Last Monday, Yes on 522, the Washington state campaign to label genetically engineered foods released its first TV ads of the fall campaign season.
Vital Choice Founder/President Randy Hartnell appears about 10 seconds into the ad, as one of several Washington State residents to voice support for ballot initiative 522 (I-522).
Thousands of Washington farmers, fishers, parents, businesses and citizens have come together to support labeling of genetically engineered foods.
These television ads stress the point that I-522 is designed to give shoppers the right to know what’s in the food they are buying for their families
Vital Choice has taken a position in favor of labeling laws like the one embodied by I-522.
Randy Hartnell explained his stance in support of Washington State’s ballot initiative in the September, 2013 issue of Natural Awakenings magazine (see “Label it, Washington!”, below).
Label it, Washington!
The Anatomy & Future of Initiative 522
By Ann Dorn
Randy Hartnell is the founder and president of Vital Choice Seafood, a sustainable and wild-caught seafood home delivery service.
He says that messaging and commercials produced by opponents of the initiative are misleading at best when it comes to the cost of companies adapting to the initiative’s requirements.
“The claims they are making are not true,” Hartnell says. “It doesn’t cost us more to add a couple words to a label. We update labels all the time, and there are many countries that already require labeling GMO products, so it’s a false claim.”
Washington’s wheat and apple crops are not the only local crops that will be affected.
Without the passage of labeling laws, the Northwest wild salmon industry could be devastated, Vital Choice Seafood’s founder Hartnell says.
“A lot of consumers feel that if genetically modified salmon
is allowed to go on the market unlabeled, they will avoid salmon altogether,” Hartnell explains.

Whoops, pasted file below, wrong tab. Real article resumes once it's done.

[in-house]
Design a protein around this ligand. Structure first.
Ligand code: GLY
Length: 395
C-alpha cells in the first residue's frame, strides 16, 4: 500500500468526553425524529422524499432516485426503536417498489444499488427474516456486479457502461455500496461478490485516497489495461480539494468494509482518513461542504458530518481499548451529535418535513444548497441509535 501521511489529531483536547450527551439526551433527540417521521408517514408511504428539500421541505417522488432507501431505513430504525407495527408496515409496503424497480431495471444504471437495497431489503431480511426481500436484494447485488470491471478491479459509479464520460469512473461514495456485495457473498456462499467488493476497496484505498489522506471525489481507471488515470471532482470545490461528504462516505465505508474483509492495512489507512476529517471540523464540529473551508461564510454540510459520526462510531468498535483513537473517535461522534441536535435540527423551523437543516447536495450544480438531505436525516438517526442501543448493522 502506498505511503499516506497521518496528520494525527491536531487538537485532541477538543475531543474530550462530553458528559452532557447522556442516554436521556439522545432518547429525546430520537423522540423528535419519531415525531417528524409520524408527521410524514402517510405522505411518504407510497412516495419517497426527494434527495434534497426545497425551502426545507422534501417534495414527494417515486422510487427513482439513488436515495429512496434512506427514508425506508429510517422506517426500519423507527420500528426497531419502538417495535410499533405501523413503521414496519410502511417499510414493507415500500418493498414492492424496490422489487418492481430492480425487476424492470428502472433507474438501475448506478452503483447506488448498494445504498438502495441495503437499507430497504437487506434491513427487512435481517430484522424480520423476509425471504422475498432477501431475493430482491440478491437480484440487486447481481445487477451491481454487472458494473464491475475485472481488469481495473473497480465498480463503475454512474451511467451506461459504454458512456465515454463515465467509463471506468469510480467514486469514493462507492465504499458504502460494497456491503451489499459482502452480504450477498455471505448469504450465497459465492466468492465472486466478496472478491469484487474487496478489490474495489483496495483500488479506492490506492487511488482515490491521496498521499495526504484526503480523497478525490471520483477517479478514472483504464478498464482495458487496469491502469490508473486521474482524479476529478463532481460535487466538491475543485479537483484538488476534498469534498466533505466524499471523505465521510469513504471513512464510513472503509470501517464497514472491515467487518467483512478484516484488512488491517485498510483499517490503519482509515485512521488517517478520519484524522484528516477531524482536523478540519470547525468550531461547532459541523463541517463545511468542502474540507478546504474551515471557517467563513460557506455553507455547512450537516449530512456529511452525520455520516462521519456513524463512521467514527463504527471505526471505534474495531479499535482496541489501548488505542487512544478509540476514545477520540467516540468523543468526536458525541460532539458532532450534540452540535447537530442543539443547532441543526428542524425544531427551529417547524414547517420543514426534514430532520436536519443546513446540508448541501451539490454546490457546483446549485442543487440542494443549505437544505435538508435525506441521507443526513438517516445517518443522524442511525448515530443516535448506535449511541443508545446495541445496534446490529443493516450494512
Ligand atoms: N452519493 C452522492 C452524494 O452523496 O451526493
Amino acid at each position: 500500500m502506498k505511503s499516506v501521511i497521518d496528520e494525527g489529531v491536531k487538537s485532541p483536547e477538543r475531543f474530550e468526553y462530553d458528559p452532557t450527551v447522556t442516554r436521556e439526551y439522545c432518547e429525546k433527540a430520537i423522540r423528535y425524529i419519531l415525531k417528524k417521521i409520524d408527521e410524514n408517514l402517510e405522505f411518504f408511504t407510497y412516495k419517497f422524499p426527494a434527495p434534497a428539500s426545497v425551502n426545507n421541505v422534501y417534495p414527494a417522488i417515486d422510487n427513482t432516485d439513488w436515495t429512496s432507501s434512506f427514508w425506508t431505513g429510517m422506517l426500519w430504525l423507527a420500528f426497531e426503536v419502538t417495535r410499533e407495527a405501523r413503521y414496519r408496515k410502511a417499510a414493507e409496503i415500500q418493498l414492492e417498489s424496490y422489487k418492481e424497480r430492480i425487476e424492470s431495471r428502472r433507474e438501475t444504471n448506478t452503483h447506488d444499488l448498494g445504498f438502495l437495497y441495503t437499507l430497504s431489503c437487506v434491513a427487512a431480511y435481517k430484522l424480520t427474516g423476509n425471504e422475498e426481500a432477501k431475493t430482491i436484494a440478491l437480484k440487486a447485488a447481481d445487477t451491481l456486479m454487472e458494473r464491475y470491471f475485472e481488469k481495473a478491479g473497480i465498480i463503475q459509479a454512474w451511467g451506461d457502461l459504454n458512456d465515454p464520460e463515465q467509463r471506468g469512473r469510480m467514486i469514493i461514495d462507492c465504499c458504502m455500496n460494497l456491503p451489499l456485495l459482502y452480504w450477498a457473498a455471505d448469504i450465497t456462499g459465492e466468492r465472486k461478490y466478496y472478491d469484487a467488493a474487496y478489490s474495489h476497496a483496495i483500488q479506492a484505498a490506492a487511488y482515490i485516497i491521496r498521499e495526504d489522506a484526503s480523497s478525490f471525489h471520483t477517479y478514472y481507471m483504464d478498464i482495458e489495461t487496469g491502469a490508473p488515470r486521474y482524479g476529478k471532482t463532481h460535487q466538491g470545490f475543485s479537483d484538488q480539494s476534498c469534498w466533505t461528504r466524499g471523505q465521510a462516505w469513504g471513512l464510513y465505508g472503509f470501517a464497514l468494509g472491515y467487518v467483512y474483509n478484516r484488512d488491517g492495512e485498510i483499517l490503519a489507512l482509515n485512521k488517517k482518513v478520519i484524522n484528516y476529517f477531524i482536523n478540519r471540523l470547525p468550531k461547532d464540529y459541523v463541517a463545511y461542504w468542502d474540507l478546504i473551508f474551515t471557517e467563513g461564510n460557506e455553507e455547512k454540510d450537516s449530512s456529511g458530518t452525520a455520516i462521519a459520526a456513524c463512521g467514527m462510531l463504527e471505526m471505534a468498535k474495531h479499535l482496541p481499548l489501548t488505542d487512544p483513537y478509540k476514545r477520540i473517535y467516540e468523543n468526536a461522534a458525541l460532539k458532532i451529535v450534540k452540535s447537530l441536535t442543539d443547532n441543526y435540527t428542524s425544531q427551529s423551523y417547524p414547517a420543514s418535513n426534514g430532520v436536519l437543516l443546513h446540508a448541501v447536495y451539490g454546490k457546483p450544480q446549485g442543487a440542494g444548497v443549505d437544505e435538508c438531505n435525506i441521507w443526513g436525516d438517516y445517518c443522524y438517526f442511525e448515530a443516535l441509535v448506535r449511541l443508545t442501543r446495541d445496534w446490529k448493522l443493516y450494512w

A fisherman by trade for over 20 years before starting Vital Choice, Hartnell experienced firsthand the decimation
of the Northwest salmon fishing industry when farmed salmon was introduced.
“What drove me and thousands of other fishing families out of business was consumers’ inability to differentiate between farmed and wild caught salmon,” Hartnell says, noting that when farmed salmon hit the market at lower prices, Northwest fishing families were left reeling.
“Almost overnight, we had no market,” Hartnell says. “Our prices collapsed and our industry was in dire straits.” Hartnell started Vital Choice Seafood in response to this collapse.
“Vital Choice grew out of our desire to educate consumers about the many important differences between wild and farmed salmon.”
But he sees another storm coming if GMO labeling is not enacted soon. The transgenic AquAdvantage salmon set to appear on the market soon grow 50 percent faster than wild salmon, thanks to an “anti-freeze” gene from the Ocean Pout being inserted into their genome.
“If you’re a salmon farmer, that’s great, because it means less feed and veterinary drugs to grow a pound of fish. If profit is your priority, that’s a good deal,” Hartnell says, comparing the new AquAdvantage salmon to the profit-centric industrial chicken, pork, and beef processing models.
The problem from an economic point of view is that without GMO labeling, consumers will have little idea whether they are purchasing a genetically engineered salmon at the grocery store, and the lower prices of the AquAdvantage salmon promise to attack the bottom line of the Northwest’s sustainable commercial fishing industry.
Since wild salmon cannot be owned by a corporation, the industry is still largely untouched by giant business conglomerates, at least when it comes to catching fish: the Northwest’s fishing families are actual families, many of whom have been making their living using low impact and sustainable methods in local waterways for generations.
A significant percentage of fishermen and women are members of the First Nations, and the Columbia River Inter-Tribal Fish Commission has come out strongly against genetically engineered salmon and expressed concern in a recent statement over how genetically engineered salmon will impact the First Nations residents of the Northwest.
“My sense is that family fishing people are 100 percent against GMO salmon,” Hartnell says. “At the very least we should be able to tell the difference.”